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"Star Wars: The Force Awakens" by Adam Roberts

rey hanging with bb8

The most interesting thing about Star Wars: The Force Awakens has to do with the cultural moment into which it was received. I don’t mean that it has been greeted so rapturously by fans and cinema-goers, that it has already earned a shedload of money, that it is set fair to overtake Avatar as the highest grossing movie of all time—we could all see that coming a mile off. I mean the acute and often panicky paranoia about spoilers this release has occasioned. How angry people get! Spoiling Star Wars became suddenly one the worst things a person could do, just below genocide and just above admitting a fondness for Coldplay.

[Editor's note: ...which is probably the right time to say - "contains spoilers".]

What, we might wonder, is at stake in this sudden hot-flush anti-spoiler agitation? What could be ‘spoiled’ in our enjoyment of a film like Star Wars: The Force Awakens by knowing one or other plot-details ahead of time? One answer might be: ‘the pleasurable sensation of being surprised by a plot-twist’. Does it spoil Star Wars: the Force Awakens to say: a major character dies half-way? Maybe it does, a little bit, even though I haven’t yet identified which major character gets pronged. Then again, ‘a major character dying halfway through the story’ is so bald a cliché of contemporary blockbuster cinema—it happens in the original 1977 Star Wars for example—that ‘surprise’ is hardly the appropriate reaction. You know already how this film is going to go. You know how it is going to look. You know that new characters will mingle with naturally-aged characters from the original trilogy. You know that X-Wings will dogfight tie-fighters, that Chewbacca will put his head back and make a noise like a walrus gargling phlegm, that lightsabers will buzz and sputter and that the Death Star will be eucatastrophically destroyed in the very nick of time. The reason you can be sure of this is that J. J. Abrams and his large team of highly-paid cinema professionals have put a lot of effort and money into making a film that does not surprise its audience overmuch.

Abrams et al do not want to alienate you. A Tarkovski-esque 4-hour movie about an ewok trying to carry a candle across a half-filled swimming pool might have been interesting; a brisk Chantal Akerman-style film about the day-to-day lives of sex-workers and species-cross-dressers in a Mos Eisley nightclub might have been interesting. But Star Wars fans don’t want anything like that. They don’t want anything that deviates so far from the original template. Indeed, I’d go so far as to suggest that they’re not interested in the film as such. They are interested in recapturing a certain feeling they experienced once upon a time when watching another film. So, conscious of where the money is, Abrams-and-team have here elected to re-shoot that other film, tweaking and altering it in odd places to give the fans reason to buy tickets at the cinema rather than just pull out the Blue Ray copies and watch A New Hope for the hundredth-and-eleventh time.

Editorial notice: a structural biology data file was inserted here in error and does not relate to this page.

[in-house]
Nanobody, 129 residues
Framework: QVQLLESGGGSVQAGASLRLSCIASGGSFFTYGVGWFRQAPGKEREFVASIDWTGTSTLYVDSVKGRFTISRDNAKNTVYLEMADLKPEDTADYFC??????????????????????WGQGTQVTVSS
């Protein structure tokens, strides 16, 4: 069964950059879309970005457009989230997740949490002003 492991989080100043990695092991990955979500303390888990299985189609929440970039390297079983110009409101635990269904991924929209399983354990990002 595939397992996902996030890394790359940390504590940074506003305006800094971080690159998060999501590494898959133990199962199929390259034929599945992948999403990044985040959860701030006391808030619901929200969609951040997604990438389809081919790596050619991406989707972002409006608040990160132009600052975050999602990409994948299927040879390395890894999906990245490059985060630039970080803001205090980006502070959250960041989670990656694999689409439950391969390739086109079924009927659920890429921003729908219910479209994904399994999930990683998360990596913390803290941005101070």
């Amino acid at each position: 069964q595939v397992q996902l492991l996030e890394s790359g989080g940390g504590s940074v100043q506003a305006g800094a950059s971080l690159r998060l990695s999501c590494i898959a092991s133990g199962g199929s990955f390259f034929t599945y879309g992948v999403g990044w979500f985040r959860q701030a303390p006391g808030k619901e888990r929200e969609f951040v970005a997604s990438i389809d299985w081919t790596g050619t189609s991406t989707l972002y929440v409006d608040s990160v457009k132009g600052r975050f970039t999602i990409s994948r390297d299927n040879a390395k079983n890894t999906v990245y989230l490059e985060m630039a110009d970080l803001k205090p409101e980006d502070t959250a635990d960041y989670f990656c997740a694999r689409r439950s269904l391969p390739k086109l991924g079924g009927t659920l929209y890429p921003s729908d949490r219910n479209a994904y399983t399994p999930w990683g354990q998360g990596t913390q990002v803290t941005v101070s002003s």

The anxiety about spoilers is really a tangle of conflicting emotions comprising (a) the desire that Star Wars: The Force Awakens be new and different and therefore exciting (b) the fear that any manner of change of any kind will be inflicted upon the core text, thus mutilating and despoiling not only it but that part of fans’ sensibilities caught up in memories of it. Accordingly Abrams et al made sure to flag-up the film’s two main shifts of emphasis—a black Stormtrooper, a female Protagonist—early on, via the trailers, to give all but the most dyed-in-the-wool racist-sexist loonies time to get used to the idea. And what non-racist, non-sexist fans needed time for was: any change at all to the original format. We want to a comfortable re-immersion in a much-loved world. We want no al-arms and no sur-pri-ses. Indeed, true fans will surely prefer the re-watch of this movie to the watch, because then they can relax and enjoy all the little details they missed first time round. And first time round they missed those things because they were subconsciously terrified that Abrams was going to fuck-up Star Wars, which is to say: was going to change it in some radical way.

Fans yet to see the movie can rest assured: this is not what Abrams does, in this film. But more to the point, this suggests that what spoilerphobia indexes is not a fear of finding out specific aspects of the plot, but a rather more complicated knot of anxious-desirous affect about difference as such. The fear a spoiler evokes is not that we might find out about unexpected things, but on the contrary that we might be denied our hope that everything is exactly the same. We invest our hostility in spoilers as an apotropaic gesture at the notion that the film could contain anything that deviates from the perfect death-drive reproduction of the original, any burr or sunspot or thorn, anything standing proud from the machine-smoothed reflective plate—anything in the movie capable of spoliation. And whilst we crave that reassurance, we are also afraid of it, because of what it says about us.